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Ebook The Personal History of David Copperfield, Vol. 1 (Classic Reprint) by Charles Dickens read! Book Title: The Personal History of David Copperfield, Vol. 1 (Classic Reprint)
The size of the: 661 KB
Edition: Forgotten Books
Date of issue: April 17th 2017
ISBN: 1331149045
The author of the book: Charles Dickens
Language: English
Format files: PDF
ISBN 13: 9781331149040

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Excerpt from The Personal History of David Copperfield, Vol. 1
In the first of these Introductions, that on The Pickwick Papers, the duties of little Charles, then at the age Of ten, were described. There was nothing in them really humiliating to a boy, whose father was both in debt and in the Marshalsea prison, and whose mother, like Mrs. Micawber, had vainly attempted to recover the fortunes of the family, by having a large brass plate on the door of her house, announcing Mrs. Dickens's Establishment for the education of children of both sexes. Indeed Charles, then a sickly lad, hoped that he, too, might receive an education with the other pupils which were expected to throng to such a seminary Of learning. I left, he says, at a great many other doors, a great many circulars calling attention to the merits of the establishment. Yet nobody ever came to school, nor do I recollect that anybody ever proposed to come, or that the least preparation was made to receive anybody. But I know we got on very badly with the butcher and the baker; that very often we had not too much for dinner; and that at last my father was arrested.
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Ebook The Personal History of David Copperfield, Vol. 1 (Classic Reprint) read Online! Charles John Huffam Dickens (7 February 1812 – 9 June 1870) was an English writer and social critic. He created some of the world's best-known fictional characters and is regarded as the greatest novelist of the Victorian era. His works enjoyed unprecedented popularity during his lifetime, and by the twentieth century critics and scholars had recognised him as a literary genius. His novels and short stories enjoy lasting popularity.

Born in Portsmouth, Dickens left school to work in a factory when his father was incarcerated in a debtors' prison. Despite his lack of formal education, he edited a weekly journal for 20 years, wrote 15 novels, five novellas, hundreds of short stories and non-fiction articles, lectured and performed extensively, was an indefatigable letter writer, and campaigned vigorously for children's rights, education, and other social reforms.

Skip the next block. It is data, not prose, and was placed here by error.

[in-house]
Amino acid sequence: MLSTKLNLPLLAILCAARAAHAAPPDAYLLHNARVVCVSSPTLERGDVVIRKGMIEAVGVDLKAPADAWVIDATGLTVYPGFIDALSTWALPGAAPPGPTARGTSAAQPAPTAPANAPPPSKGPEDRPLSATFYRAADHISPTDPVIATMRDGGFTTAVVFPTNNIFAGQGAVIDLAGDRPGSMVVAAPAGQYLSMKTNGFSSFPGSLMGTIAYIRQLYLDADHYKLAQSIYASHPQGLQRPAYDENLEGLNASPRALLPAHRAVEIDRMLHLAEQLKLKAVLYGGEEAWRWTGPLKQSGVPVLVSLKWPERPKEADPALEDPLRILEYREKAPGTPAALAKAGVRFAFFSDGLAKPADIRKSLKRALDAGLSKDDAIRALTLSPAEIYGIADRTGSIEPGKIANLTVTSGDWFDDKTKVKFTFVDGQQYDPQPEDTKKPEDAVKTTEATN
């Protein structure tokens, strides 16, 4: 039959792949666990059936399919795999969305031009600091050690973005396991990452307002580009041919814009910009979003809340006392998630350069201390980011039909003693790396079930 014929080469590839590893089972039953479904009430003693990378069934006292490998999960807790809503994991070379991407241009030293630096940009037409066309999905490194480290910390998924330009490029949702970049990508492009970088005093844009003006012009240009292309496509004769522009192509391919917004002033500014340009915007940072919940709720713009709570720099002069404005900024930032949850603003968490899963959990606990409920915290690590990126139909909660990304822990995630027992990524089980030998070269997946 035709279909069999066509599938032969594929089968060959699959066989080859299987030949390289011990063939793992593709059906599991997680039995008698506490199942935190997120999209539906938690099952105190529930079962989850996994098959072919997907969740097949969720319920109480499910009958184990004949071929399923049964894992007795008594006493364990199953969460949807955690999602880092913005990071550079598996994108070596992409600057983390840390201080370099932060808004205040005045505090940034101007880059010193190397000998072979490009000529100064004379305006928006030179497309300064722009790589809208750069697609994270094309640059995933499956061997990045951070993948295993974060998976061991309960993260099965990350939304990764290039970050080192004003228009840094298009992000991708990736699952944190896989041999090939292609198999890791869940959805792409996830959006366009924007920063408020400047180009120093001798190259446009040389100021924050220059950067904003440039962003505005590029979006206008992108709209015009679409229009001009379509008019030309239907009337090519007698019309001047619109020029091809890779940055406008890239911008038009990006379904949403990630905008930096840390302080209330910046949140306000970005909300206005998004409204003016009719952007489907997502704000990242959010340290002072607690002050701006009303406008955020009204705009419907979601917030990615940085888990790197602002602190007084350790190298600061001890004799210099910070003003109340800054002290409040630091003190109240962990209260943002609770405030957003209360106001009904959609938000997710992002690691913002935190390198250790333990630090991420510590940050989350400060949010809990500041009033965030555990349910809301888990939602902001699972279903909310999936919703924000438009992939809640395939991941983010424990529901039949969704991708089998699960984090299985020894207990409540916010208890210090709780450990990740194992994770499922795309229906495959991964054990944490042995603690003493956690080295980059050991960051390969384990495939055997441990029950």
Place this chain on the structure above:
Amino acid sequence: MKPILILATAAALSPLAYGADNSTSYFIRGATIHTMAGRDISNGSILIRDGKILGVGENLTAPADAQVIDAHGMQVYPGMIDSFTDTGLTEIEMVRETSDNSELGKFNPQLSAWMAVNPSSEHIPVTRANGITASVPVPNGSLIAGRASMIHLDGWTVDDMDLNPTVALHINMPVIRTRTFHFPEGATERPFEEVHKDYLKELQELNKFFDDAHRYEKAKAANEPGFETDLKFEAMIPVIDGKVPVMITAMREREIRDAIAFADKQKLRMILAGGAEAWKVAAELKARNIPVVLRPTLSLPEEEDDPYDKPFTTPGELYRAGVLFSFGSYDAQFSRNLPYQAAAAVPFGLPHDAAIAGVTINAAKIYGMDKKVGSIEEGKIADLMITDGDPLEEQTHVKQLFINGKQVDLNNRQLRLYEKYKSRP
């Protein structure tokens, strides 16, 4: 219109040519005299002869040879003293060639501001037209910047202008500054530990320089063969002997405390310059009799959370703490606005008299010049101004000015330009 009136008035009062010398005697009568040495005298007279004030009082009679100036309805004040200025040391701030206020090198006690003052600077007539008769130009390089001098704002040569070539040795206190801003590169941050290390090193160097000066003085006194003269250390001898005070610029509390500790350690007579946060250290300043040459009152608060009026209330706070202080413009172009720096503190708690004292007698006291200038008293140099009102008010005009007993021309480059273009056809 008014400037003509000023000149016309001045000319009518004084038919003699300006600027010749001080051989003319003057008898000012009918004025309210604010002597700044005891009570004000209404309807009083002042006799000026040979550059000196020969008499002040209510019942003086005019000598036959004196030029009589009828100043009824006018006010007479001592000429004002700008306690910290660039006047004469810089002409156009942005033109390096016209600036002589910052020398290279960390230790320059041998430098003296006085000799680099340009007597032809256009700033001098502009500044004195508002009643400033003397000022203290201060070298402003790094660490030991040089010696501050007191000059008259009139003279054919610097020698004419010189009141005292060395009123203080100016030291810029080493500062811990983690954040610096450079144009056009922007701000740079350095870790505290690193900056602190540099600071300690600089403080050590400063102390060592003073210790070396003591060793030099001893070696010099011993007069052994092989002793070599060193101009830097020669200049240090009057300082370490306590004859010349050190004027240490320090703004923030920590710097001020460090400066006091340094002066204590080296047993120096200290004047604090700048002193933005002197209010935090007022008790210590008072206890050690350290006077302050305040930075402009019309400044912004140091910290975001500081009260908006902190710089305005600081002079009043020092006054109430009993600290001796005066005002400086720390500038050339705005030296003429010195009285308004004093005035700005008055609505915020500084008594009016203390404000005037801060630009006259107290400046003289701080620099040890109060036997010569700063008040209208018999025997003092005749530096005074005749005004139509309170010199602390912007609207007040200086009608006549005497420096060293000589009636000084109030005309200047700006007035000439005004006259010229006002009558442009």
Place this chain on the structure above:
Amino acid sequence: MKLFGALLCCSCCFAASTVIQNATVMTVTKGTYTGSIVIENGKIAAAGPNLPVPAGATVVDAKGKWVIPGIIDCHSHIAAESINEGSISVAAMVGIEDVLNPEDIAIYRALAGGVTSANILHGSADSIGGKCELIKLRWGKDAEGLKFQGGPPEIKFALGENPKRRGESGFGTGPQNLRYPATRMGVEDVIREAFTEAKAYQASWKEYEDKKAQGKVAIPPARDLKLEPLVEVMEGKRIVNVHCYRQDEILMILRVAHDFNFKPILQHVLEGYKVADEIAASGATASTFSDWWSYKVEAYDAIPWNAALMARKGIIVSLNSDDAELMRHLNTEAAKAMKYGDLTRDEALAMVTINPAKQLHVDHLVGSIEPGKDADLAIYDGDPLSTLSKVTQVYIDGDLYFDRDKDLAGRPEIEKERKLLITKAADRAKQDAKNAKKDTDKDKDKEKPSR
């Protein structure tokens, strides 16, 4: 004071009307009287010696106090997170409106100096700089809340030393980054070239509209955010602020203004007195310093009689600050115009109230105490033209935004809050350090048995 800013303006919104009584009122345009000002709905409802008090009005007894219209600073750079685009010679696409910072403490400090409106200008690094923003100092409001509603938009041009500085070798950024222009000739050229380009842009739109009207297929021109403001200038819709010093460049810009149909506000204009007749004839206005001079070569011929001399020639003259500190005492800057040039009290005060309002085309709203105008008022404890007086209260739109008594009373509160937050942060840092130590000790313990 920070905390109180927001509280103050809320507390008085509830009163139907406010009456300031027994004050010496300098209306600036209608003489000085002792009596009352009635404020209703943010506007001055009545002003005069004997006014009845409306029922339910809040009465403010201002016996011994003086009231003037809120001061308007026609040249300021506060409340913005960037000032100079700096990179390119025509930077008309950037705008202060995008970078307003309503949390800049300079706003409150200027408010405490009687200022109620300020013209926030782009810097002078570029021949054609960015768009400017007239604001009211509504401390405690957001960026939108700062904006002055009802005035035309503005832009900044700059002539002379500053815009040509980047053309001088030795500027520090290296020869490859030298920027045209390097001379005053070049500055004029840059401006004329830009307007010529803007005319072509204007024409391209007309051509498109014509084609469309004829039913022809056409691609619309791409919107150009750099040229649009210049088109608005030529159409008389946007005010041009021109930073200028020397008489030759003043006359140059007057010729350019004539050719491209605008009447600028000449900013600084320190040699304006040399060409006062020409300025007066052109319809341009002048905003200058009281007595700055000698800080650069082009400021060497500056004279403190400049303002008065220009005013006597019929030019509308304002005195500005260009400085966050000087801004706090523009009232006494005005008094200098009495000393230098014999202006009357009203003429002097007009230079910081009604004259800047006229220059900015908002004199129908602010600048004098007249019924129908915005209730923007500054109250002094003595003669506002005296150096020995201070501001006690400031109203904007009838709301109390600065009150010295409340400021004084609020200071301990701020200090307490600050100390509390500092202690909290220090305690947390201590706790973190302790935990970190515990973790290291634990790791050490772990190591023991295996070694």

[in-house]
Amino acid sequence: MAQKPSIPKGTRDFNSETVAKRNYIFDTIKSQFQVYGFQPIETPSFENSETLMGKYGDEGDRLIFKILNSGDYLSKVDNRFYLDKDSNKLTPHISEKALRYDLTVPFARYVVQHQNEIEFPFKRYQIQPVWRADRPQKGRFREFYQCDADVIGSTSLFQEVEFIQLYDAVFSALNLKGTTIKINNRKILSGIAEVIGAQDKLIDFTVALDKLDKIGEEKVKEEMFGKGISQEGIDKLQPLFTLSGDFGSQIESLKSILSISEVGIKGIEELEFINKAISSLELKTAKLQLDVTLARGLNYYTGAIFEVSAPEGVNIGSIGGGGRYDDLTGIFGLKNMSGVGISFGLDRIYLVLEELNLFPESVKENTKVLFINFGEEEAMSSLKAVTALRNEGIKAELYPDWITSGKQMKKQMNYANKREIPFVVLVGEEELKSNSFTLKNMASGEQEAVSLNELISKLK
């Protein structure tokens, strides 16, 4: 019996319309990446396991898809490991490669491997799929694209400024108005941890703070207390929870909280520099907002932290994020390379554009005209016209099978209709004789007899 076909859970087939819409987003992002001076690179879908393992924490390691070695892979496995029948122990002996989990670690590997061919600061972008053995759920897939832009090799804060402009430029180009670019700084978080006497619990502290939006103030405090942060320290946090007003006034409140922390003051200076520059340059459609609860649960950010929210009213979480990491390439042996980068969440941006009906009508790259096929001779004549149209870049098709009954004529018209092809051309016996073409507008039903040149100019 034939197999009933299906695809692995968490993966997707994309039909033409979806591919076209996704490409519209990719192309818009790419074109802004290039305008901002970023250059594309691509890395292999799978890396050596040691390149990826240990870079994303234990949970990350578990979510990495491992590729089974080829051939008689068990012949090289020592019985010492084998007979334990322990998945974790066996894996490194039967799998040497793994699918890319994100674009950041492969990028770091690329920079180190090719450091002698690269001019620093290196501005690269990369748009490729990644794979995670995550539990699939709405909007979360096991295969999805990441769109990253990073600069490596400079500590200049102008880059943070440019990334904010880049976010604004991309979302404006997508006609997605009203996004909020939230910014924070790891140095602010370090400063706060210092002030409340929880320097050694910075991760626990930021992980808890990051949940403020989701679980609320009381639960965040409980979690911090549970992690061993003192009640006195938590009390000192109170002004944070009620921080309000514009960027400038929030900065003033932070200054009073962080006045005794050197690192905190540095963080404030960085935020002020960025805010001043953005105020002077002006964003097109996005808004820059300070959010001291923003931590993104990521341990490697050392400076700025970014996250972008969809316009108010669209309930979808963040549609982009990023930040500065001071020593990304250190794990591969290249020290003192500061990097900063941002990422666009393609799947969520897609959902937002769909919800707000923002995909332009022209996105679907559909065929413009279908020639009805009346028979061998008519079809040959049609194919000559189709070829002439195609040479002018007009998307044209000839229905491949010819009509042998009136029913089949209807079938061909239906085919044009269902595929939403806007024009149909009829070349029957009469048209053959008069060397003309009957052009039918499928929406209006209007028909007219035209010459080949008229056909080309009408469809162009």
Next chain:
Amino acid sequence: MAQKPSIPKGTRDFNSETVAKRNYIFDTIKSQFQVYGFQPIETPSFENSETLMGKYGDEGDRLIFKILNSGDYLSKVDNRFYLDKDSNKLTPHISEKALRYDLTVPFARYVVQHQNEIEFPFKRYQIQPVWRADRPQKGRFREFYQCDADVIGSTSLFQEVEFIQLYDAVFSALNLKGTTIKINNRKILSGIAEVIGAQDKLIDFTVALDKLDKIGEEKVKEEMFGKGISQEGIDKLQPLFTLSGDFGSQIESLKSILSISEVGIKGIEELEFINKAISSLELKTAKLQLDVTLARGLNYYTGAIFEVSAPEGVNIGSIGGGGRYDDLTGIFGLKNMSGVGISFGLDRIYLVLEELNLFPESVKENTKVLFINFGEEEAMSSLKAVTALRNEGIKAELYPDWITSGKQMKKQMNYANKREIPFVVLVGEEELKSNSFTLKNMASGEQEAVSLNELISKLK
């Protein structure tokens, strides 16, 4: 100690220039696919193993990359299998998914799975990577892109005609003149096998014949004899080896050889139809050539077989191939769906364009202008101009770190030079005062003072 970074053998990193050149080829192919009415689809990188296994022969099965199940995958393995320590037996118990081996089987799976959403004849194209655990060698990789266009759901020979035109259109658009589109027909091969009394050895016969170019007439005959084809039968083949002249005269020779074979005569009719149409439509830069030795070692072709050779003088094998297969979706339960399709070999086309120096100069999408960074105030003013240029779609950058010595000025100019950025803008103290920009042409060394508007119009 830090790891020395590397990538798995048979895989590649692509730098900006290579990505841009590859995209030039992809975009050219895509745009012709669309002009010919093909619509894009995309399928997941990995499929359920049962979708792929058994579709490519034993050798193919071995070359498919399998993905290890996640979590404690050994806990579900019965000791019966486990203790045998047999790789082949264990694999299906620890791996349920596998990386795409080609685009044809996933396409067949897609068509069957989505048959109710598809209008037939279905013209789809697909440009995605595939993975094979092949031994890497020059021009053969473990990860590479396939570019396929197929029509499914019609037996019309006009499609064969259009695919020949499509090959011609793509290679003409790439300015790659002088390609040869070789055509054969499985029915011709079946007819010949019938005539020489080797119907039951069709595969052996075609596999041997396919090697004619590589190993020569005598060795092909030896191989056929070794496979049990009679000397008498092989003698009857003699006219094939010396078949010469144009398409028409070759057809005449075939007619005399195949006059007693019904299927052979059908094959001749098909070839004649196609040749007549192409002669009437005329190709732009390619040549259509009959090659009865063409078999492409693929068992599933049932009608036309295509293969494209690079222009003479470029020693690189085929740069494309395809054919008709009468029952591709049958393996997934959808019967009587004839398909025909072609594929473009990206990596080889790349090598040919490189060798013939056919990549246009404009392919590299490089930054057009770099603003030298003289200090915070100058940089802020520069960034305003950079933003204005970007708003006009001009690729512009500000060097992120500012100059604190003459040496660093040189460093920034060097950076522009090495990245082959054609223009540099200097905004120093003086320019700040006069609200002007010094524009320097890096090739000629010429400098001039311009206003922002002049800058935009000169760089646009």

Dickens was regarded as the literary colossus of his age. His 1843 novella, A Christmas Carol, remains popular and continues to inspire adaptations in every artistic genre. Oliver Twist and Great Expectations are also frequently adapted, and, like many of his novels, evoke images of early Victorian London. His 1859 novel, A Tale of Two Cities, set in London and Paris, is his best-known work of historical fiction. Dickens's creative genius has been praised by fellow writers—from Leo Tolstoy to George Orwell and G. K. Chesterton—for its realism, comedy, prose style, unique characterisations, and social criticism. On the other hand, Oscar Wilde, Henry James, and Virginia Woolf complained of a lack of psychological depth, loose writing, and a vein of saccharine sentimentalism. The term Dickensian is used to describe something that is reminiscent of Dickens and his writings, such as poor social conditions or comically repulsive characters.

On 8 June 1870, Dickens suffered another stroke at his home after a full day's work on Edwin Drood. He never regained consciousness, and the next day, five years to the day after the Staplehurst rail crash, he died at Gad's Hill Place. Contrary to his wish to be buried at Rochester Cathedral "in an inexpensive, unostentatious, and strictly private manner," he was laid to rest in the Poets' Corner of Westminster Abbey. A printed epitaph circulated at the time of the funeral reads: "To the Memory of Charles Dickens (England's most popular author) who died at his residence, Higham, near Rochester, Kent, 9 June 1870, aged 58 years. He was a sympathiser with the poor, the suffering, and the oppressed; and by his death, one of England's greatest writers is lost to the world." His last words were: "On the ground", in response to his sister-in-law Georgina's request that he lie down.

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